Before you deploy, you’ll want to set time aside to coordinate your financial obligations and plan your financial readiness. It may seem overwhelming, but the Real Warriors Campaign’s latest article, “Preparing Your Finances Before Deployment,” provides practical money management tips to help you organize your funds before you leave and maintain financial readiness while you’re away. Tips include:
■Choose a financial observer. To help you manage your finances while deployed, choose someone like your spouse, parent or other responsible person whom you trust, to oversee your finances.
■Establish a power of attorney and draft a will.
While you’re deployed, it may be necessary for someone to make decisions on your behalf. A power of attorney will allow you to legally grant a selected individual to act on your behalf. Also, draft or update your will to ensure your property is handled as you intend in case of death. For assistance preparing your power of attorney or will, contact the legal office on base or use the U.S. Armed Forces Legal Assistance locator to find legal help near you.
■Update your record of emergency data and life insurance. Your safety during deployment is important, but it’s also essential to make arrangements for your property and benefits to be transferred in case of serious injury or death. Before you deploy, review your Record of Emergency Data to make sure it’s current. This is used to contact next-of-kin, designate a beneficiary to receive certain military benefits and identify an individual to coordinate funeral arrangements. Also, update your Servicemembers Group Life Insurance form, which identifies the legal beneficiary for your payment in case of death.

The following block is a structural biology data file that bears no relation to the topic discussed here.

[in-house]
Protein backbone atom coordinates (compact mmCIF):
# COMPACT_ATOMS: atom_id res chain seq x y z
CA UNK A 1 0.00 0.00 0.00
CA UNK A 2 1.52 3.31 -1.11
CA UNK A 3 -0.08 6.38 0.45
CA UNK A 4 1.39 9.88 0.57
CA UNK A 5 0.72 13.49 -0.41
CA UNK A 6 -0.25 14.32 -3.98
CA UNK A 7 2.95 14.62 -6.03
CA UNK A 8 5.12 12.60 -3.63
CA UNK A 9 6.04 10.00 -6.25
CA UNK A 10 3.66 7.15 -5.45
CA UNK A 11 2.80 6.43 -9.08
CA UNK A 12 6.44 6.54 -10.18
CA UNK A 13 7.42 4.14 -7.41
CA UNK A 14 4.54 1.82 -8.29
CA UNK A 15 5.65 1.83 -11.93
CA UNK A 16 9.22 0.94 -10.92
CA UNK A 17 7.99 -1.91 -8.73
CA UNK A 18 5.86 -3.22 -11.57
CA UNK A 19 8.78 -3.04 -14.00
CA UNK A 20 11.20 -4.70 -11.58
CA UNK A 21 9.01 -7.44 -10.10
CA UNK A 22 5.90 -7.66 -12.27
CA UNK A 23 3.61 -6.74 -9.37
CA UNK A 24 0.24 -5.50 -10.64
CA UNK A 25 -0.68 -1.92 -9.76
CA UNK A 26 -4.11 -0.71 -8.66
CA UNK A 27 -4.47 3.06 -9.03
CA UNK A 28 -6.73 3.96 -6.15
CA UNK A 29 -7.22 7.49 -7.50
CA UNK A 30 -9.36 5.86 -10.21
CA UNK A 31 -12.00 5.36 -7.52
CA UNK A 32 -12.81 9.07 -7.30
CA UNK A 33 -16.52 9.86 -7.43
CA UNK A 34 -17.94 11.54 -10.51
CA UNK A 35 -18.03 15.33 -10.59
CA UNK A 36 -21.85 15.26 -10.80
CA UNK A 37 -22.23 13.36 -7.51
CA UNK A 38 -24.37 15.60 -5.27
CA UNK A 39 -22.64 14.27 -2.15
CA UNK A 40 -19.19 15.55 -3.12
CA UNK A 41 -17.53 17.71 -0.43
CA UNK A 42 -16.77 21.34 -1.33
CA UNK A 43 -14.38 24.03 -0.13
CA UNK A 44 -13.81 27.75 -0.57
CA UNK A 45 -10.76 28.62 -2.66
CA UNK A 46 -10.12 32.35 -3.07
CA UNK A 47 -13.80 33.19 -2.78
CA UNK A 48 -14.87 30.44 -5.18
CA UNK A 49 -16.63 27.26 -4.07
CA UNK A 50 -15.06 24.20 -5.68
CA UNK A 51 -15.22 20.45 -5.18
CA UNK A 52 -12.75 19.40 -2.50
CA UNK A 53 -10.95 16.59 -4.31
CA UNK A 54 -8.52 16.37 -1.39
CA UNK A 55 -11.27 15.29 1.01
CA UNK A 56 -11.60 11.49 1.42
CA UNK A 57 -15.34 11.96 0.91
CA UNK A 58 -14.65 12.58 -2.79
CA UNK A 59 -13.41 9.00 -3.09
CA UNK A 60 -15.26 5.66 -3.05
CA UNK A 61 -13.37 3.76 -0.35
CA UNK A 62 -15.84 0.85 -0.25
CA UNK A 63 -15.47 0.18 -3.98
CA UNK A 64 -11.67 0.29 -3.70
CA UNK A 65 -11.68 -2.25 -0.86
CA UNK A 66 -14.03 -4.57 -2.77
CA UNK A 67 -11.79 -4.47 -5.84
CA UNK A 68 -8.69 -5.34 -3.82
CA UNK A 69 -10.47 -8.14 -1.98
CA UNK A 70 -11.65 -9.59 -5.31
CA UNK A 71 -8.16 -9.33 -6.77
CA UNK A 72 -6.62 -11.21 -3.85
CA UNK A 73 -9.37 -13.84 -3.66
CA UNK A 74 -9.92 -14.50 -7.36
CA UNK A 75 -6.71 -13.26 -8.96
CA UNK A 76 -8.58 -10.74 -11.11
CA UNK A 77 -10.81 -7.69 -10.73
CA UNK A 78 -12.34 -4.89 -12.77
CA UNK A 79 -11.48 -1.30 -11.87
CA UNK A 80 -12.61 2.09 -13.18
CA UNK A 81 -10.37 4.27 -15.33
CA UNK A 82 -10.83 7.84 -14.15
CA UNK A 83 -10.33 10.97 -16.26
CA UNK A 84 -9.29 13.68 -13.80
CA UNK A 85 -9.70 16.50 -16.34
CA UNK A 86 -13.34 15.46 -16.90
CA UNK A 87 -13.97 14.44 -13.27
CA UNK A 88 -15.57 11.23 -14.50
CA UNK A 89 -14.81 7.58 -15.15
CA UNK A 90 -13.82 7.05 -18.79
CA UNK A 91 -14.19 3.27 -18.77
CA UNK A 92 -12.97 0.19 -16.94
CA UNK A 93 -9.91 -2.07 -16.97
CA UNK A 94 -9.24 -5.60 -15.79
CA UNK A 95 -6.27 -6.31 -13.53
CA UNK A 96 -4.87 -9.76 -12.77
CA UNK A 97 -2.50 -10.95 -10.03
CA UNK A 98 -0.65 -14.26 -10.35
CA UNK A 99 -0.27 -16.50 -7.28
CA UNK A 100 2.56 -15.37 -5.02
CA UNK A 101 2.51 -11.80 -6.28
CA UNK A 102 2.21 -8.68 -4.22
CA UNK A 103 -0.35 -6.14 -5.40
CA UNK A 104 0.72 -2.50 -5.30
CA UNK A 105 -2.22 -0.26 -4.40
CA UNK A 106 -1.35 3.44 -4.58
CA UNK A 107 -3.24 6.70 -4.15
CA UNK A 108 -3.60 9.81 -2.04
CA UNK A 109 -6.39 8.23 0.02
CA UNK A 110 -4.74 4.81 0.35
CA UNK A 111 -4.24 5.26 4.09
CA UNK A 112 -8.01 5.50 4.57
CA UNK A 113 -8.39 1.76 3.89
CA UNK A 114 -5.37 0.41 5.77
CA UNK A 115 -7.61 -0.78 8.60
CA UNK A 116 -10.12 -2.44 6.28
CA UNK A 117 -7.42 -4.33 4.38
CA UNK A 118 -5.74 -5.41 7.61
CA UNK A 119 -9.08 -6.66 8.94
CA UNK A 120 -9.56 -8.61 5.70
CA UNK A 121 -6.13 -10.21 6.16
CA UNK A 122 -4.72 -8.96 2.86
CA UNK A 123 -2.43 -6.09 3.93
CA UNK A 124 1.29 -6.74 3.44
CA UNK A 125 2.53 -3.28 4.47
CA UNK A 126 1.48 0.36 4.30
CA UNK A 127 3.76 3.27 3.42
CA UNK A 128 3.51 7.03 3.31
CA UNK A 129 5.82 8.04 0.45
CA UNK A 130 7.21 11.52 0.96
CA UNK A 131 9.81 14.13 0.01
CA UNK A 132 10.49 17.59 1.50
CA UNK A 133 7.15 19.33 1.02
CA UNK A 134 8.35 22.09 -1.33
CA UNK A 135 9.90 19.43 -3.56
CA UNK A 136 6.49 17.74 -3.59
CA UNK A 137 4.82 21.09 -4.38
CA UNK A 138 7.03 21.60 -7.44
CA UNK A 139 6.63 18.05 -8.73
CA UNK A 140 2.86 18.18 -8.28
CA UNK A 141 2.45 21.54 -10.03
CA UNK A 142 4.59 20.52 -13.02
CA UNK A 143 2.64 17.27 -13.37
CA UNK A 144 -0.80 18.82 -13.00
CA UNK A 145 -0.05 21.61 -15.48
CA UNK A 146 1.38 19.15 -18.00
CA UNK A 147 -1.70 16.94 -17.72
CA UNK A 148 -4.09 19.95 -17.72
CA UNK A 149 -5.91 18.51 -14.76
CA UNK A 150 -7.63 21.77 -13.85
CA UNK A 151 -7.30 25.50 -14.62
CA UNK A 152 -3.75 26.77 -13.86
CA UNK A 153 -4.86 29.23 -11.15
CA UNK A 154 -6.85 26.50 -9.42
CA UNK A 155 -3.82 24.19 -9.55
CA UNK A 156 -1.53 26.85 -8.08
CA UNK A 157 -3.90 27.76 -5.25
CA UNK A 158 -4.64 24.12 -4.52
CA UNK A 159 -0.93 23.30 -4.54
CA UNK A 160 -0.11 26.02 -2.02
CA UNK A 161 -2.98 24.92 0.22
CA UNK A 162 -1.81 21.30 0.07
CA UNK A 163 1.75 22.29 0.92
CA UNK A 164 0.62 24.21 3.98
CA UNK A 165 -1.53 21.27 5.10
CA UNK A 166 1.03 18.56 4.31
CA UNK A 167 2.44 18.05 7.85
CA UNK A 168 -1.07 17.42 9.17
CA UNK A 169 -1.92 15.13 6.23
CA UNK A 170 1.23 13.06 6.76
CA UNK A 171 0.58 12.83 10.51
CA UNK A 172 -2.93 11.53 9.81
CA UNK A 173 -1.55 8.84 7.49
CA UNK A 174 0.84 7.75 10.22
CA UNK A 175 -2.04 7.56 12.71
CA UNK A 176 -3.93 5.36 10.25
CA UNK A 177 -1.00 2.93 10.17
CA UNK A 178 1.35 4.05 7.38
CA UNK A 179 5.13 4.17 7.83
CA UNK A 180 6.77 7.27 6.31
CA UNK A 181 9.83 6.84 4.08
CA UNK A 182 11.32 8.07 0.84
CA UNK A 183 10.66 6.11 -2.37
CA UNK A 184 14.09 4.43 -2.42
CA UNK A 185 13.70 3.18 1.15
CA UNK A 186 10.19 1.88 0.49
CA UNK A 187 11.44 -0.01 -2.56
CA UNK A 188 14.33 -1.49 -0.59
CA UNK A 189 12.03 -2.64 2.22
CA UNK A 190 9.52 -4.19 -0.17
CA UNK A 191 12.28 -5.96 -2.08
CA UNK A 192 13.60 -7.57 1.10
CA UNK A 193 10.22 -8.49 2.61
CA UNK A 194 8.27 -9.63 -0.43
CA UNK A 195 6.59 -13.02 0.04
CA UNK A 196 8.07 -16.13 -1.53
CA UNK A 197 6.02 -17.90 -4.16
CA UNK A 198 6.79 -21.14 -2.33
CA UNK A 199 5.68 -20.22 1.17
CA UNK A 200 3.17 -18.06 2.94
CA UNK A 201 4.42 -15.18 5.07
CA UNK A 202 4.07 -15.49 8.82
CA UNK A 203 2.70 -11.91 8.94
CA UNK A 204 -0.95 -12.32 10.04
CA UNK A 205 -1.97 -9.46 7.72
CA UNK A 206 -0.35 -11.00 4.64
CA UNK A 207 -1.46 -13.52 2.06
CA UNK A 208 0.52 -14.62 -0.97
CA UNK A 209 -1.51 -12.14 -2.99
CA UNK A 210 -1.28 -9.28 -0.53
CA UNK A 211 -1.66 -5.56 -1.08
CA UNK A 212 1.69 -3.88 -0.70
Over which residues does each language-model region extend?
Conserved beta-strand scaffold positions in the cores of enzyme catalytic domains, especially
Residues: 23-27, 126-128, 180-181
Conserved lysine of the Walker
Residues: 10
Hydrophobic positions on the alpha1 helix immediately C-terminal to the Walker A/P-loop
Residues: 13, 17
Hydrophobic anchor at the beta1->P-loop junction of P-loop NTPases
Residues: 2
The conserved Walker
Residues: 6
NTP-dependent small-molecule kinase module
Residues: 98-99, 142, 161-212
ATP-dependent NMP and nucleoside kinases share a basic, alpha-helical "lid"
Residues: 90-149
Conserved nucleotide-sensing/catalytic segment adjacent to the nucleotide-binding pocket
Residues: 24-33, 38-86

■Understand your entitlements. You may be eligible for extra pay through deployment entitlements, so check with your unit administrative section or visit Military OneSource to learn more.
■Establish a budget. Although you may have extra income during a deployment, you and your family should try to live on your pre-deployment income by keeping a spending budget. For help developing a budget, complete a Military OneSource Financial Management Plan. Or visit MyMoney.gov for other budgeting tools such as a daily spending diary, monthly payment calendar and a spending plan worksheet.
■Pay your bills on time. While you’re deployed, you’re still accountable for financial obligations at home. To stay on track and avoid late payments, set up automatic bill payments prior to deployment. Your bank, credit union or other financial institution can help you.
■Create a savings plan. Deployments are an ideal time to start saving by getting in the habit of setting money aside to prepare for unexpected financial challenges. See if you’re eligible to take advantage of savings programs like the Defense Department Savings Deposit Program and Thrift Savings Plan.
■Communicate. Communication with your spouse or financial overseer while you’re deployed is critical to staying informed of your financial readiness. Establish a communication plan before you deploy so you can discuss how bill payments, major purchases and other financial decisions will be handled.
■Know your rights. The Servicemembers Civil Relief Act offers a wide variety of protection and financial relief for active-duty service members, including activated members of the National Guard and reserve, during deployment. Contact your nearest Armed Forces Legal Assistance Program using the military legal assistance office locator to see if the act applies to you.